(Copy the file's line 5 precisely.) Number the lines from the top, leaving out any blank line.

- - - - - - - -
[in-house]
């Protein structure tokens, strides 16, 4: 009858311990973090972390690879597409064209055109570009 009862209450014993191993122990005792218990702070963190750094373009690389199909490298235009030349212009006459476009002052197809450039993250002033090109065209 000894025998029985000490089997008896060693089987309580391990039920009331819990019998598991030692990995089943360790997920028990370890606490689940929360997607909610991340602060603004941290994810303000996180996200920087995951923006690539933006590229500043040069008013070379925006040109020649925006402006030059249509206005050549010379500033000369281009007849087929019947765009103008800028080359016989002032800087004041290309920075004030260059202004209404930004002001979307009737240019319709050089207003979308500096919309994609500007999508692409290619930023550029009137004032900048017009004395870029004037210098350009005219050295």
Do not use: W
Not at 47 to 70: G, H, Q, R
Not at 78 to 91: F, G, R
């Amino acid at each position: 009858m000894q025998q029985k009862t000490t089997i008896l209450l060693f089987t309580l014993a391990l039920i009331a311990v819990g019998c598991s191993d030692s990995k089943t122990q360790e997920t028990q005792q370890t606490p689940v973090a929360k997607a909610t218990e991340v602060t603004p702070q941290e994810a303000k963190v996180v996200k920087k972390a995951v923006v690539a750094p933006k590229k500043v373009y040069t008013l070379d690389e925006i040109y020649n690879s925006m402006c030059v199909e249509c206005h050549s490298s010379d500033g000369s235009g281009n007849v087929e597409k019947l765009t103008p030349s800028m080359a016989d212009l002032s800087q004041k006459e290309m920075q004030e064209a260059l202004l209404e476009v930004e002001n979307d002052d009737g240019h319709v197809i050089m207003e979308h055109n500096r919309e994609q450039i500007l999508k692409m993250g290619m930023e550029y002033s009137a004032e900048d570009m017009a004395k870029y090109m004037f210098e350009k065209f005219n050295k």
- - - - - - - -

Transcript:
Not at 78 to 91: F, G, R